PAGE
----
Being successful at breastfeeding can be as simple as finding the right position.
Certain breastfeeding positions work better for some than for others, depending on the situation and your comfort level. It’s a good idea to try out various different breastfeeding positions until you find one that is comfortable for you. You may even use a combination of breastfeeding positions in a single feeding or throughout the day and night.
Check out this guide to ensure that you are utilizing all the breastfeeding positions correctly and getting the most out of your breastfeeding experience.
Most Common Breastfeeding Positions
1. Cradle and Cross Cradle Nursing Position
Both are the most common nursing position of all time where you carry your baby within your arms to breastfeed.
In which your baby is lying on the forearm of the same breast you use to breastfeed (i.e. if you breastfeed from the right breast, your baby is held with your right forearm and vice versa).
The same as cradle hold except your baby is on the opposite forearm of the breast you use to breastfeed (i.e. if you breastfeed from the right breast, your baby is held with your left forearm and vice versa).
- Your baby is on their side with their head and neck in the same straight line. In other words, if your baby’s neck is tilted down, the swallowing process would be hard which affects the milk extraction negatively and hence your milk supply.
- Your breast is at the same level at baby’s head.
- Always keep your baby’s head free to move back to enable them to catch your breast deeply and widely.
- Baby’s stomach should be placed against your stomach.
- Baby’s legs are around your waist for more comfort and control.
2. Football Nursing Position
This position gets it’s name from the way football players carry the ball under their arm. Your baby is on their side or back and their head is between your armpit and the breast they are feeding from. Baby’s body is wrapped around your side and back.
- This particular position is preferred if you have had a c-section as it does not place any additional weight on your abdomen.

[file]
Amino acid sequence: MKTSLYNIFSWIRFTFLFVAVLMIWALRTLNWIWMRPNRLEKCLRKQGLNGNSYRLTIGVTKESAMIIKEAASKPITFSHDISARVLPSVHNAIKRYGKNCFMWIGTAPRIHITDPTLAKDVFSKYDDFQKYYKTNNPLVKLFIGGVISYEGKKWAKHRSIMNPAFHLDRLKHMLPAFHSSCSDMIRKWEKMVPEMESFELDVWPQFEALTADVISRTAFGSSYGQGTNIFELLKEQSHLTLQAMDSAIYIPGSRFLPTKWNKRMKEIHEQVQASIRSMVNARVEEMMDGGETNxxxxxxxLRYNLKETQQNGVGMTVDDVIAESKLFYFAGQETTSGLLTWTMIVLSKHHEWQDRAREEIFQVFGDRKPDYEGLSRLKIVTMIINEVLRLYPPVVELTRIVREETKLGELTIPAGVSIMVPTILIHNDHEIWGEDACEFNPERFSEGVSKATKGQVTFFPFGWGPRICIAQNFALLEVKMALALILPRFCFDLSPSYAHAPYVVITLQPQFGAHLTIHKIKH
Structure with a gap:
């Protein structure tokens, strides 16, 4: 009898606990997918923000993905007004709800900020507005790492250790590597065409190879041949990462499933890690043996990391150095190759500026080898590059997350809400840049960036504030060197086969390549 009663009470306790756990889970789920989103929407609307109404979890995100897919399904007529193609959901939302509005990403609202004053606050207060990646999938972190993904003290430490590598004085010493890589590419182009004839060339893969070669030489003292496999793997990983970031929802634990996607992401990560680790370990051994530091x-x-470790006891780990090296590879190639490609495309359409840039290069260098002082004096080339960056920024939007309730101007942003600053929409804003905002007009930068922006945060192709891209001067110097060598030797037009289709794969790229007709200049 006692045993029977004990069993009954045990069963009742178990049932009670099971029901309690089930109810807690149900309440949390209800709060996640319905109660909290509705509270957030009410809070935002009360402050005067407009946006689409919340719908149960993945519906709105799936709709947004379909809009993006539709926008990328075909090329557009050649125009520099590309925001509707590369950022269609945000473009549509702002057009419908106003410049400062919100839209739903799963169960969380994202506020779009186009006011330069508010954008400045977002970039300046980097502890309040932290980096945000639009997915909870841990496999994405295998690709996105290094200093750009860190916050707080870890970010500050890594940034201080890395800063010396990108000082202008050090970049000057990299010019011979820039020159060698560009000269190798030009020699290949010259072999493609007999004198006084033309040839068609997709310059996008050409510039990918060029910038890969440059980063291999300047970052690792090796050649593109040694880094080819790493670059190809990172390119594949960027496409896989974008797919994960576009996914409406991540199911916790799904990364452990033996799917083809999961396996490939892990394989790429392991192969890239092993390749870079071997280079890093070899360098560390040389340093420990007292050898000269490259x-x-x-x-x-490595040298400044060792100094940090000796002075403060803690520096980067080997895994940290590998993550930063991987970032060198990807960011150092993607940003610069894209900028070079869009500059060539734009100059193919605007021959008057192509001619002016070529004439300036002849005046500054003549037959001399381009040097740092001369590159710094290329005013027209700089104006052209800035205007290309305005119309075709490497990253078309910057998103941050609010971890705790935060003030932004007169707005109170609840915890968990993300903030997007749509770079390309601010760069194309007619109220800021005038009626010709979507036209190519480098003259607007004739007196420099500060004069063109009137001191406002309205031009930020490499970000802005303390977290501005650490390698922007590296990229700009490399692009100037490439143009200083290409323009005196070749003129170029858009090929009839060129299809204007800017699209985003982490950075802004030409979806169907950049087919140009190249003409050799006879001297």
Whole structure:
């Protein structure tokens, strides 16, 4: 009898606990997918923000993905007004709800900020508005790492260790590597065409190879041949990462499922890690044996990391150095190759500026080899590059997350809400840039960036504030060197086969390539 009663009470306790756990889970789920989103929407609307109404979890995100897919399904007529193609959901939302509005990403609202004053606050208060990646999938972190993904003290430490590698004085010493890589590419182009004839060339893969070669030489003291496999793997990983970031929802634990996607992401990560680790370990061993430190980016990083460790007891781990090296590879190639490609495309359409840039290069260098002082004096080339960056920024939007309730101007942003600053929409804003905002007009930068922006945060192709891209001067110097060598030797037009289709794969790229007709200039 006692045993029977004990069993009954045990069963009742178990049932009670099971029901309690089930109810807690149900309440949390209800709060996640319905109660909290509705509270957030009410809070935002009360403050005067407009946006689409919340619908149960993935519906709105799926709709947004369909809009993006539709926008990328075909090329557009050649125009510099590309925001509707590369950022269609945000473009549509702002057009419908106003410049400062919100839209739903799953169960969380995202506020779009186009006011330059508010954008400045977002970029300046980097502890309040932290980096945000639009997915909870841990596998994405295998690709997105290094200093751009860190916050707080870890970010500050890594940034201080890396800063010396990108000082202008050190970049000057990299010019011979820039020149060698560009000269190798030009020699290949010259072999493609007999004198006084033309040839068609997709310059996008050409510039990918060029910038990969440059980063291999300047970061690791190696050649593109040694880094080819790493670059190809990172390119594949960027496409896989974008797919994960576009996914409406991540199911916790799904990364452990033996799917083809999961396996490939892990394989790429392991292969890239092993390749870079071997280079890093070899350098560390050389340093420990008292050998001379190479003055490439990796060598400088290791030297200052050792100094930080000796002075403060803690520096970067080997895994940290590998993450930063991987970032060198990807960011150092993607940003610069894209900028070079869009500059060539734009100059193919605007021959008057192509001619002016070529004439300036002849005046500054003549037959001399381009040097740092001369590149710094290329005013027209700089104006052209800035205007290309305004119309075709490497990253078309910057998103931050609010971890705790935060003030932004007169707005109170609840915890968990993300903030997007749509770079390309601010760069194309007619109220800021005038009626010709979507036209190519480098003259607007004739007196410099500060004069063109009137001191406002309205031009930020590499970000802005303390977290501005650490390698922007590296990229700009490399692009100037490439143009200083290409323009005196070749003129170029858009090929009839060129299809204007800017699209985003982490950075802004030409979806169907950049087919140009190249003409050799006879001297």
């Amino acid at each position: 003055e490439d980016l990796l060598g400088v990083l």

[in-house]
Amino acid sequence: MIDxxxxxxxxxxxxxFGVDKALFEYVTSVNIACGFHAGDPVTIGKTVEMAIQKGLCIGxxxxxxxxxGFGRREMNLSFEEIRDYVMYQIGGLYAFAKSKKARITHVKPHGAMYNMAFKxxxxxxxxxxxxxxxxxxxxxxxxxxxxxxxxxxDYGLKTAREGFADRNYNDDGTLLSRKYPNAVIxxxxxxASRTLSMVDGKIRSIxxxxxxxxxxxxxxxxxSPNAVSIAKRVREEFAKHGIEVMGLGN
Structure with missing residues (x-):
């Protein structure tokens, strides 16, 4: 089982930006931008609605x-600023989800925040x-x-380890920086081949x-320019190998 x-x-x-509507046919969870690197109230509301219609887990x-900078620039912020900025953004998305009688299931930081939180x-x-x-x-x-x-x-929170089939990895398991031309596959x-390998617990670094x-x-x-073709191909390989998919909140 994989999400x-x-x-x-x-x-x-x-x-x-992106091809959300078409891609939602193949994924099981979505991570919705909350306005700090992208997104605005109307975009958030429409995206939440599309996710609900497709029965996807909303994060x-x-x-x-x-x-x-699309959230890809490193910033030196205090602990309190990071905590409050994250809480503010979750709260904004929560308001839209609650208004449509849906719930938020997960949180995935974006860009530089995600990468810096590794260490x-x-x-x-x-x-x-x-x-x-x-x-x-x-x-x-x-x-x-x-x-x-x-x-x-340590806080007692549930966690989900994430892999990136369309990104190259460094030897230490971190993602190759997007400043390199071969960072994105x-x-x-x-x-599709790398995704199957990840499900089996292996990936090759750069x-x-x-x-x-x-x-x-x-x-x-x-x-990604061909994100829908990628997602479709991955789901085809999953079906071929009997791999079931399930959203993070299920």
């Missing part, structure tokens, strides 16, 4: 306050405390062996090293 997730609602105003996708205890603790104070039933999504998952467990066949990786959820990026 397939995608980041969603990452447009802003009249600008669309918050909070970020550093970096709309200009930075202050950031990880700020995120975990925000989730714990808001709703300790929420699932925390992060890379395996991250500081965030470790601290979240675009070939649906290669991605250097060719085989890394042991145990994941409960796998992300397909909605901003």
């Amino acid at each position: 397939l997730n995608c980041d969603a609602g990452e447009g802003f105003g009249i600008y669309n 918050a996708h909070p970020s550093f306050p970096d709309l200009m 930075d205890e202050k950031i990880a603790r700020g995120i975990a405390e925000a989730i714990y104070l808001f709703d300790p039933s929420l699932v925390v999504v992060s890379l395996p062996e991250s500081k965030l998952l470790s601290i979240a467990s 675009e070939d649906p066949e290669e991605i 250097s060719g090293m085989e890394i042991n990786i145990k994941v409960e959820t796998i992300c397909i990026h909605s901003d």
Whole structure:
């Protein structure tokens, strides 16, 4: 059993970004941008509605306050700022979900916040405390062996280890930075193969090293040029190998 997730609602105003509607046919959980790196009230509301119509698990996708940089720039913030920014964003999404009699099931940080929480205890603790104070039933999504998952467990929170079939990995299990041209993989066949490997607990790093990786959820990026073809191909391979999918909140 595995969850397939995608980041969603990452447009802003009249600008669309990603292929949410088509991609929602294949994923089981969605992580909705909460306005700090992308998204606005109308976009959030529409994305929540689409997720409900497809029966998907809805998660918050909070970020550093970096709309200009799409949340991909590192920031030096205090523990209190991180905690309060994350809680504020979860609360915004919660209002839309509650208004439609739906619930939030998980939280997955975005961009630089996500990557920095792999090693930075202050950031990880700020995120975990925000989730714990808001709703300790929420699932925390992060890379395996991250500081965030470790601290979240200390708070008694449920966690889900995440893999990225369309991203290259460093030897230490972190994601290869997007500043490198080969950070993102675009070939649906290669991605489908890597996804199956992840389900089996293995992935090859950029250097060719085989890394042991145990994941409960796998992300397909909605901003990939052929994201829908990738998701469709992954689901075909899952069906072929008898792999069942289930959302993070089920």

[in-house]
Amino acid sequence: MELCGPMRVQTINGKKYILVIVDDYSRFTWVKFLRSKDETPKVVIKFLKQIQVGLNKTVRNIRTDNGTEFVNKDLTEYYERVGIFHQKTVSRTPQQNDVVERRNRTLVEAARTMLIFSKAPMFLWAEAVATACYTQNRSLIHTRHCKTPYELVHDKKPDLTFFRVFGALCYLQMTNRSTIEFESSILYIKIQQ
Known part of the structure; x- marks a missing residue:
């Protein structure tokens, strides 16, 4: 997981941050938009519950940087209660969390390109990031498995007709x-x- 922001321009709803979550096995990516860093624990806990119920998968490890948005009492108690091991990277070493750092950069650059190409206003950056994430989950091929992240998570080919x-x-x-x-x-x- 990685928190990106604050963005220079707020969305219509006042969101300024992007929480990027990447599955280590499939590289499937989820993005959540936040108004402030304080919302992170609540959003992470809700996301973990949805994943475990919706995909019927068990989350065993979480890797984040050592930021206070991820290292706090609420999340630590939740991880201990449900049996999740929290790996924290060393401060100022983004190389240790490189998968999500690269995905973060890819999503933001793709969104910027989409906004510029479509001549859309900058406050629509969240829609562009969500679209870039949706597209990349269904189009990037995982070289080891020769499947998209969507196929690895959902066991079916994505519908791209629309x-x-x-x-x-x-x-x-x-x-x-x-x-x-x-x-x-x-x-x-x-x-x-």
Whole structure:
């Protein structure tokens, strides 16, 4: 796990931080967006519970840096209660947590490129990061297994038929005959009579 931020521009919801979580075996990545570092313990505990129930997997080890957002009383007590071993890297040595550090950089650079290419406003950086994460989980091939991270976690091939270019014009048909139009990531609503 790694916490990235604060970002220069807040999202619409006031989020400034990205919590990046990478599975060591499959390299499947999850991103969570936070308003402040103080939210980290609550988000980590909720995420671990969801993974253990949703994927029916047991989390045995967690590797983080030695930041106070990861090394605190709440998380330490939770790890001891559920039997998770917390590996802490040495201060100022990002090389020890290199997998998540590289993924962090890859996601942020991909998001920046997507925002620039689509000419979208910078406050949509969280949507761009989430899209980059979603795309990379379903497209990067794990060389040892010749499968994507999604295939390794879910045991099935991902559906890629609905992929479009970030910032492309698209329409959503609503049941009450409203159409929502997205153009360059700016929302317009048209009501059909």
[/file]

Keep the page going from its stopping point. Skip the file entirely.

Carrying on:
- You can also try a double football hold for breastfeeding twins at the same time.
- Try to keep your baby’s legs away from any solid surface such as the back of the chair or sofa. That is because of a natural reflex called the stepping reflex, when their legs step on any solid surface, they instinctively push against that surface. This makes the latching process hard and unstable.
3. The Laid Back Nursing Position (it is also called Biological Nurturing)
With this position, you are lying on your back in a semi-reclined position by using two pillows under your head and neck and your baby is positioned along your body. In this breastfeeding position, you can use gravity to help baby latch, without the need of pillows or extra effort to support.
- It is the most recommended position after birth and within 1 hour.
- The biological nurturing helps your baby to self-latch by searching for your nipple.
- This is a great breastfeeding position to encourage skin to skin contact, which can stimulate a let down as well as help you bond with baby.
- This position is also suitable for moms after c-section, simply rotate the baby 90° degrees clockwise or counterclockwise to avoid the weight on your abdomen.
4. The Side-Lying Nursing Position
Nursing while side lying is another in-bed breastfeeding position which is great for breastfeeding in the middle of the night. You simply lay beside baby in bed or on a flat, stable surface and they can nurse while lying on the bed beside you.
- It is suitable if you co-sleep with your baby.
- Once baby is latched, keep the tummy to tummy contact using your free hand by pushing his body gently into yours.
5. Koala Hold or Upright/Sitting Nursing Position
In this position, your baby is sitting upright in front of you. Make sure to support their neck and shoulders with your hand on the same side of your used breast. The other hand is to support your breast to help baby latch on properly.
- This is a good breastfeeding position to use when your baby is older than 1 year.
- This position can help if you have a fast/strong milk ejection letdown reflex.
- If your baby has acid reflux (GERD: gastroesophageal reflux disease), this position can help reduce symptoms during feedings.
After birth, make sure to get your baby checked from a professional health care provider for any anomalies within their mouth like tongue tie or cleft palate. In such conditions, you may need to use specific positions in order to achieve breastfeeding success.
Pick the quietest and the most comfortable room in your house for breastfeeding. Relaxation has a positive effect on the breast milk supply.
Try using breast massage before latching to enhance the blood circulation within your mammary glands.
Make sure to utilize breast compression while breastfeeding to ensure that your baby is getting more of the fattier hind milk with each feed.
It is highly recommended to shift between different breastfeeding positions until baby is done nursing, and your breast have been emptied.
Always support your head, neck, and shoulders using pillows to avoid back pain. And remember that any type of pain would put you under stress which decreases your milk supply.
During breastfeeding, make sure your baby’s nose is free and you can pass one finger between their nose and your breast. You also want to make sure that baby’s chin is pressed up against your breast. These are signs of a proper latch.
Consider taking a breastfeeding course for additional tips, resources and information. I recommend Milkology online!